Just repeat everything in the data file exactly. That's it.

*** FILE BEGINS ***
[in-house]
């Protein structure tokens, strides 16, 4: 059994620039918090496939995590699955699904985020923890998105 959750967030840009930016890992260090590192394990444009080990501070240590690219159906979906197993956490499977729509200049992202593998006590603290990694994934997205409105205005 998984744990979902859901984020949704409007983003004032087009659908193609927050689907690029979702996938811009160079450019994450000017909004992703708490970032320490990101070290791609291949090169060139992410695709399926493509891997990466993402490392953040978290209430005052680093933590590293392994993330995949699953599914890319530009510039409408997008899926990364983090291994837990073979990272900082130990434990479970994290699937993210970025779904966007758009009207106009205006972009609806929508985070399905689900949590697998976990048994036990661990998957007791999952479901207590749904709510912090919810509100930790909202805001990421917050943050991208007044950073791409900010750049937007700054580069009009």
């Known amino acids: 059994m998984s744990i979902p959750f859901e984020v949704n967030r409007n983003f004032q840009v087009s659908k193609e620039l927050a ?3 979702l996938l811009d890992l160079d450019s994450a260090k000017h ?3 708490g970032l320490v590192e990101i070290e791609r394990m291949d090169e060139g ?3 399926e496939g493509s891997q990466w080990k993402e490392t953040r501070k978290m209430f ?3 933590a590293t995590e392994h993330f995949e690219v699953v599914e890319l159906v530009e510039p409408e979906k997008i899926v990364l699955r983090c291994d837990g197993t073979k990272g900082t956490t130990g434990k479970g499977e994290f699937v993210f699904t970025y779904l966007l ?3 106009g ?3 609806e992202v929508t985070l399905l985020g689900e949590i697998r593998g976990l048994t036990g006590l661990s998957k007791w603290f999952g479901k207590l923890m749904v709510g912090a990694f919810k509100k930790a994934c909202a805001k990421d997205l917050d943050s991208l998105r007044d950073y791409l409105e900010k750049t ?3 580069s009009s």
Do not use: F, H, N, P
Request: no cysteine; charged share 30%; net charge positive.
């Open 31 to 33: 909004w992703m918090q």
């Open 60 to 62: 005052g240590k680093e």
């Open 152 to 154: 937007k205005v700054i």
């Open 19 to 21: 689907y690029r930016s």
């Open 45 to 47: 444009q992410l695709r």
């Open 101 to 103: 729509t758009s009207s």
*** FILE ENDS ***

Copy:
[in-house]
């Protein structure tokens, strides 16, 4: 059994620039918090496939995590699955699904985020923890998105 959750967030840009930016890992260090590192394990444009080990501070240590690219159906979906197993956490499977729509200049992202593998006590603290990694994934997205409105205005 998984744990979902859901984020949704409007983003004032087009659908193609927050689907690029979702996938811009160079450019994450000017909004992703708490970032320490990101070290791609291949090169060139992410695709399926493509891997990466993402490392953040978290209430005052680093933590590293392994993330995949699953599914890319530009510039409408997008899926990364983090291994837990073979990272900082130990434990479970994290699937993210970025779904966007758009009207106009205006972009609806929508985070399905689900949590697998976990048994036990661990998957007791999952479901207590749904709510912090919810509100930790909202805001990421917050943050991208007044950073791409900010750049937007700054580069009009």
């Known amino acids: 059994m998984s744990i979902p959750f859901e984020v949704n967030r409007n983003f004032q840009v087009s659908k193609e620039l927050a ?3 979702l996938l811009d890992l160079d450019s994450a260090k000017h ?3 708490g970032l320490v590192e990101i070290e791609r394990m291949d090169e060139g ?3 399926e496939g493509s891997q990466w080990k993402e490392t953040r501070k978290m209430f ?3 933590a590293t995590e392994h993330f995949e690219v699953v599914e890319l159906v530009e510039p409408e979906k997008i899926v990364l699955r983090c291994d837990g197993t073979k990272g900082t956490t130990g434990k479970g499977e994290f699937v993210f699904t970025y779904l966007l ?3 106009g ?3 609806e992202v929508t985070l399905l985020g689900e949590i697998r593998g976990l048994t036990g006590l661990s998957k007791w603290f999952g479901k207590l923890m749904v709510g912090a990694f919810k509100k930790a994934c909202a805001k990421d997205l917050d943050s991208l998105r007044d950073y791409l409105e900010k750049t ?3 580069s009009s």
Do not use: F, H, N, P
Request: no cysteine; charged share 30%; net charge positive.
């Open 31 to 33: 909004w992703m918090q």
């Open 60 to 62: 005052g240590k680093e």
């Open 152 to 154: 937007k205005v700054i």
């Open 19 to 21: 689907y690029r930016s």
């Open 45 to 47: 444009q992410l695709r």
């Open 101 to 103: 729509t758009s009207s």